Stalk Roller Links Residue Breakdown with No-Till Benefits

Manufacturer says by sizing corn stalks into small-but-connected pieces, the 360 Chainroll can increase microbial activity through faster residue decomposition and create a ‘virgin’ seedbed.

Managing corn residue can be an annual challenge for no-tillers, and finding the right tools and tactics to do so effectively is essential to maximizing yield potential and nutrient uptake.

One of the critical components of efficient stalk breakdown is feeding soil microbes, which can provide an additional 80-100 pounds of “free nitrogen” says Gregg Sauder, a veteran no-tiller and founder of 360 Yield Center, a precision farming company in Morton, Ill.

“Doing the math, that’s an extra $60 per acre farmers could be capturing,” he says. “But that’s only if we’re able to pay attention to detail and understand what makes those soil microbes tick.”

Sizeable Challenge

This process starts with harvest, and knowing how to turn corn stalks into a valuable asset and not a curse, Sauder says.

Having used a variety of OEM and aftermarket stalk rollers on his own farm, Sauder says he’s struggled in his corn-on-corn fields to get the desired balance of residue breakdown and seed-to-soil contact at planting.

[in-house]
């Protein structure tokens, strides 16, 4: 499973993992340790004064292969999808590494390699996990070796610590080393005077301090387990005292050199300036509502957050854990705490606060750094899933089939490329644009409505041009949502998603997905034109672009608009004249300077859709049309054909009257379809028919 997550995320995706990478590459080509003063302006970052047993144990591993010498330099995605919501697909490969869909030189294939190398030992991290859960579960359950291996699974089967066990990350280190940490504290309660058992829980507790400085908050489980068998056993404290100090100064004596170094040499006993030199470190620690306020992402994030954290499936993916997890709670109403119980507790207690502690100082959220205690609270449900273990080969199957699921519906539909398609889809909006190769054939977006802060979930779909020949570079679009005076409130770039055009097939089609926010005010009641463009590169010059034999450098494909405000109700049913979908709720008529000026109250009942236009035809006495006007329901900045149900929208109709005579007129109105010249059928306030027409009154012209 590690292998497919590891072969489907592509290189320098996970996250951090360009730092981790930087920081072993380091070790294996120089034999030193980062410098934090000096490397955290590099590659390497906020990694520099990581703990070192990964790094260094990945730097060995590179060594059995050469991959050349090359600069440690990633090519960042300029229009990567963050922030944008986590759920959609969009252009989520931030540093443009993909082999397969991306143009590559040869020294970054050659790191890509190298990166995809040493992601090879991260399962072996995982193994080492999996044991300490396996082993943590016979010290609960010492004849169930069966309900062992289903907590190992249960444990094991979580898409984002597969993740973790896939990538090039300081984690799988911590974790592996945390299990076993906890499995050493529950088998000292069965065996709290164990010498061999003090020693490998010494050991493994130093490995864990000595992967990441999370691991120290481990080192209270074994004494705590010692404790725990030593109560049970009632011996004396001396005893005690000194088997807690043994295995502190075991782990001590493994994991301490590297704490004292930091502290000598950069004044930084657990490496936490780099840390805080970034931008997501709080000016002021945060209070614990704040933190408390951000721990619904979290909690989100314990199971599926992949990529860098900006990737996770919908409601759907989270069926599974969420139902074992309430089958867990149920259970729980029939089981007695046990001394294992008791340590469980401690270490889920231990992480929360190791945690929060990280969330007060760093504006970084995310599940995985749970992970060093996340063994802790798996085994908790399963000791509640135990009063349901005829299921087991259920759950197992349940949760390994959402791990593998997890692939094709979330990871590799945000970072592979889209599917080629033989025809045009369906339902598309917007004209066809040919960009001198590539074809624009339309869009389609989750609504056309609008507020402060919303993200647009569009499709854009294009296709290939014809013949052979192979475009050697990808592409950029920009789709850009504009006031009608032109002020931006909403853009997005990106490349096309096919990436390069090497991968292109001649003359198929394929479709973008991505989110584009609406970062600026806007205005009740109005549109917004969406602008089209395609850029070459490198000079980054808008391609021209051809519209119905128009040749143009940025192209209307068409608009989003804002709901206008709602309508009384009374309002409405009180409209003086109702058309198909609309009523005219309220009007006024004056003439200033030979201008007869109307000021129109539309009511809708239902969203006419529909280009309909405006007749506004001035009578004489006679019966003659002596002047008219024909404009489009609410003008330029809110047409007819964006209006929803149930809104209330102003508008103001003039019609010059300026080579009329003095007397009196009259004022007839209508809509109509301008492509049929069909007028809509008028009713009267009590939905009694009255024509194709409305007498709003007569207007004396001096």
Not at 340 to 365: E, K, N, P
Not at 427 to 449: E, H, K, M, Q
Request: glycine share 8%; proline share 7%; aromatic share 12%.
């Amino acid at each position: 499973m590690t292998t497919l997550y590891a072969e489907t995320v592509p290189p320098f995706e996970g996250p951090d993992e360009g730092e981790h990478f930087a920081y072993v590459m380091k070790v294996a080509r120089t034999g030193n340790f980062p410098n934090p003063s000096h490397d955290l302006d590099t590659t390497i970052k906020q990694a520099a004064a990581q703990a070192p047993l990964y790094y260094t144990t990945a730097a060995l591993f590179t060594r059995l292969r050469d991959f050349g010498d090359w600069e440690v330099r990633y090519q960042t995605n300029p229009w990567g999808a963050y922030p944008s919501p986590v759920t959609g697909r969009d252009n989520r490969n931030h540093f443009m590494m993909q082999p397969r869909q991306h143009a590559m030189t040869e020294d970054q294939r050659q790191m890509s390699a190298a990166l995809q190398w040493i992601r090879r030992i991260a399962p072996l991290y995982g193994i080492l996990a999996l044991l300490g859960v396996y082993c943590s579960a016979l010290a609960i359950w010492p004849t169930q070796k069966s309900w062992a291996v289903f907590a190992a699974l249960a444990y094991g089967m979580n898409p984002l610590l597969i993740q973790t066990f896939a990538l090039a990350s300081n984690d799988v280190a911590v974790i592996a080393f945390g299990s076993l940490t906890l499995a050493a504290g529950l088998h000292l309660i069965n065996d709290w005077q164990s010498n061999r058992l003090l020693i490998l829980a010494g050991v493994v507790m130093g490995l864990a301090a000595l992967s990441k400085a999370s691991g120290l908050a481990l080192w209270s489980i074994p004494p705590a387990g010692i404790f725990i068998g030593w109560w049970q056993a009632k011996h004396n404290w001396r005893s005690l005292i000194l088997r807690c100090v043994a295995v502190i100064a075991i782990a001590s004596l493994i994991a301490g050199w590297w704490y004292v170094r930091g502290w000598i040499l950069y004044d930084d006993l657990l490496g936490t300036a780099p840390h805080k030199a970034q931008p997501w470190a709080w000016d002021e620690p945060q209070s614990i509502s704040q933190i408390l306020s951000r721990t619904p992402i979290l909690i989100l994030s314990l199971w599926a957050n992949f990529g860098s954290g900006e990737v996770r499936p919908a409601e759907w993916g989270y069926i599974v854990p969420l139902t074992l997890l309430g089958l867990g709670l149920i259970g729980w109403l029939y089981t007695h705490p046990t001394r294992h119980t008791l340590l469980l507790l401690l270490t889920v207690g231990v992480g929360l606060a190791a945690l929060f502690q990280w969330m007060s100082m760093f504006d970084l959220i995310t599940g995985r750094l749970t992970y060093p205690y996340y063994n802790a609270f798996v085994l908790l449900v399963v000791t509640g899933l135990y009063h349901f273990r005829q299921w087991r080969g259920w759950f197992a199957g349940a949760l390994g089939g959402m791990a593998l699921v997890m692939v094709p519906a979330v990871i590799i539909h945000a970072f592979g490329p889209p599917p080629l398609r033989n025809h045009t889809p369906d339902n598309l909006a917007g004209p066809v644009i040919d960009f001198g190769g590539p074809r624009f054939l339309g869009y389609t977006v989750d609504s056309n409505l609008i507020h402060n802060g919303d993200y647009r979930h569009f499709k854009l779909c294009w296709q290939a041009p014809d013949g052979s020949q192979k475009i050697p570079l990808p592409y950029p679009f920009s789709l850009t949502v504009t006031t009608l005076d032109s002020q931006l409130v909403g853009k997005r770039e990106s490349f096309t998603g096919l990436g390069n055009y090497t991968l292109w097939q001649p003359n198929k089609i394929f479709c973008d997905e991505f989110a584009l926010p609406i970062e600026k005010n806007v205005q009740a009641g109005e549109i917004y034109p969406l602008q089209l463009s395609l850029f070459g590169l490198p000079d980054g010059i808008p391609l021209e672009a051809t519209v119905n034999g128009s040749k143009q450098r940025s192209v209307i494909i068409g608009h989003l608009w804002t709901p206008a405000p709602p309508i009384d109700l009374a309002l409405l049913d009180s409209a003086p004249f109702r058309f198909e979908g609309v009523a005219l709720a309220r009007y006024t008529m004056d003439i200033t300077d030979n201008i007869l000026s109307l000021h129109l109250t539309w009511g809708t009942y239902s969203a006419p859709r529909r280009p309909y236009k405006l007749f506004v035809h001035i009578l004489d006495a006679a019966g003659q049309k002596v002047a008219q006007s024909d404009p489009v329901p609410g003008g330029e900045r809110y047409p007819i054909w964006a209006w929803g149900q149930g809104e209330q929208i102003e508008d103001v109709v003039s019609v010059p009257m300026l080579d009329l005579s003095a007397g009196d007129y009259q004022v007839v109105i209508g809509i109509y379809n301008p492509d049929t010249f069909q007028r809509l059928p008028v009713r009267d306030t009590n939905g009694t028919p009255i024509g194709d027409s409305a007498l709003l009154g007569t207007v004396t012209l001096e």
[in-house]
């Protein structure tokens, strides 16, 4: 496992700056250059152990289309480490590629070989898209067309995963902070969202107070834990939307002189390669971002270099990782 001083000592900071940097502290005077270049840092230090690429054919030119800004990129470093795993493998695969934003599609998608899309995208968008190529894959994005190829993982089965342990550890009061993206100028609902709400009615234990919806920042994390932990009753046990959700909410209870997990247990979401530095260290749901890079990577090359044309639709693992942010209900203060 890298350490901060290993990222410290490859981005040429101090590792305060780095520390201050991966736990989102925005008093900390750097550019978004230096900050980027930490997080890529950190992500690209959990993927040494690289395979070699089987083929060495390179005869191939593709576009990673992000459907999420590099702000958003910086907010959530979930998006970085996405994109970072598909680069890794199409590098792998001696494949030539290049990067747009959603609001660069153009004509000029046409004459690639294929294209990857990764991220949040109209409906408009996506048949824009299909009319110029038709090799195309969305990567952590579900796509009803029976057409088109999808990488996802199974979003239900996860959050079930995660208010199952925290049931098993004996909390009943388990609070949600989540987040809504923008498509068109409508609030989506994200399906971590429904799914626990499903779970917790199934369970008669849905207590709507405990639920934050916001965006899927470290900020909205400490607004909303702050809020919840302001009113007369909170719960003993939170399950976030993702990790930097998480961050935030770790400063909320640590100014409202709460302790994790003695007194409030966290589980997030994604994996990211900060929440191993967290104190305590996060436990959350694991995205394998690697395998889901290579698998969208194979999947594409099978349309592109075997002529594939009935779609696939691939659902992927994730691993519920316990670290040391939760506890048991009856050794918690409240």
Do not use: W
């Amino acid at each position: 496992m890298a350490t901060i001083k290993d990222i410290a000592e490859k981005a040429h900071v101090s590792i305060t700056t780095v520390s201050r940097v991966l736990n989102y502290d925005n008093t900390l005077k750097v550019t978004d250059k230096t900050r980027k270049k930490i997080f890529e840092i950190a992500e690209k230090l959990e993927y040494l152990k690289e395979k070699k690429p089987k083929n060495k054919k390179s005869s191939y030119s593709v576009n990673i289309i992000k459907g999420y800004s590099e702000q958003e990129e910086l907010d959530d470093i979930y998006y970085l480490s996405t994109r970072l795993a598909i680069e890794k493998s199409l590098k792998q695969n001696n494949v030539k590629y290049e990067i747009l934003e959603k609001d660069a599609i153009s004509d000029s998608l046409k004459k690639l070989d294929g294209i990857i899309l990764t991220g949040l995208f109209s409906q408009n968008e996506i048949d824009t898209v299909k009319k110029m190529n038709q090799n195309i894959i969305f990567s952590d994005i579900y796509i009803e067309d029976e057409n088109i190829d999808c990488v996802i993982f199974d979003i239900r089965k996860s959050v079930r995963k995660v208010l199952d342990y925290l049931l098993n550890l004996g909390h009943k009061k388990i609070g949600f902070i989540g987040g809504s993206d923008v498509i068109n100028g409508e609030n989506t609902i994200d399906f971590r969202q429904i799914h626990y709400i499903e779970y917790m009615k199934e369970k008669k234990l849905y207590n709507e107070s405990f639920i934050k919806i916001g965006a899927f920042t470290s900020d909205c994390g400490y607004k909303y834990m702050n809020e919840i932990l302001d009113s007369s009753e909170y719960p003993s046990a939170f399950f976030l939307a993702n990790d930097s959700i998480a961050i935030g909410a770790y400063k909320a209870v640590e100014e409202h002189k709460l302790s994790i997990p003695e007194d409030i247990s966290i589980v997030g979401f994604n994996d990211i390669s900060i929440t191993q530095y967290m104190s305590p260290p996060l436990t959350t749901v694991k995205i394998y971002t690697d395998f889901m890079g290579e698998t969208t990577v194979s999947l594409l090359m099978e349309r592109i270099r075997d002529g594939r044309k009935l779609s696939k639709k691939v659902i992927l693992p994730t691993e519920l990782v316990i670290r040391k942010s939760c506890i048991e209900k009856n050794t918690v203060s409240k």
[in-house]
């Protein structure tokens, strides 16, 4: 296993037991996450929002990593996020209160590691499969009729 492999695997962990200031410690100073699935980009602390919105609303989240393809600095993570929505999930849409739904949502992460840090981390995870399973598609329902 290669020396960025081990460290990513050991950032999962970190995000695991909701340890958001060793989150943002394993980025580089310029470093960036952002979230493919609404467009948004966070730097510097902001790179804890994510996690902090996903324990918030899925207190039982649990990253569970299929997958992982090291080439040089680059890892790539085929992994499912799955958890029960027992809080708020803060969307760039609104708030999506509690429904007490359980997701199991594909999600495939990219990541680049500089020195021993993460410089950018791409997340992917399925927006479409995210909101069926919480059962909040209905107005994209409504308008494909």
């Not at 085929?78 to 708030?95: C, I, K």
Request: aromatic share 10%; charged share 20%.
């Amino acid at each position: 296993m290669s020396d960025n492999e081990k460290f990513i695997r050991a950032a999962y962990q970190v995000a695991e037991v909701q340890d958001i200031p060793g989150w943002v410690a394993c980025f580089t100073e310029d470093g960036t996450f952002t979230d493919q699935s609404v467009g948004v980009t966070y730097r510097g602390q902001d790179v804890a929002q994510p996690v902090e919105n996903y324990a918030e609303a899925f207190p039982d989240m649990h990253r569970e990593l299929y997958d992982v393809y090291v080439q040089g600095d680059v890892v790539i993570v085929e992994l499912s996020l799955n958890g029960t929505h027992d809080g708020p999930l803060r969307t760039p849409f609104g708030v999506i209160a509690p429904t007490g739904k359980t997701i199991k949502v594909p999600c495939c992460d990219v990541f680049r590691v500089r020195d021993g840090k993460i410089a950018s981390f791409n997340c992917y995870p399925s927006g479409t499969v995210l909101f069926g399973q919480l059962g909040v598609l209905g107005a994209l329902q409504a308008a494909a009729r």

“If you’re leaving standing stalks in a no-till environment, it can take a long time for microbes to chew through the sides,” he says. “But when chopping that residue into fines in a corn-on-corn field, our row cleaners on the planter couldn’t grab a hold of those small pieces. We didn’t want those seedling roots intertwined with residue left in the seed trench, and that contributed to some of our plants being two collars behind.”

Seeking a compromise, Sauder and his agronomy team at 360…

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Jack Zemlicka

Jack Zemlicka was the Technology Editor for No-Till Farmer. His coverage included precision farming practices, products and trends, which can improve efficiency and productivity for no-till farmers.

He joined Lessiter Publications Ag Division in 2012 and also served as managing editor of Strip-Till Farmer.

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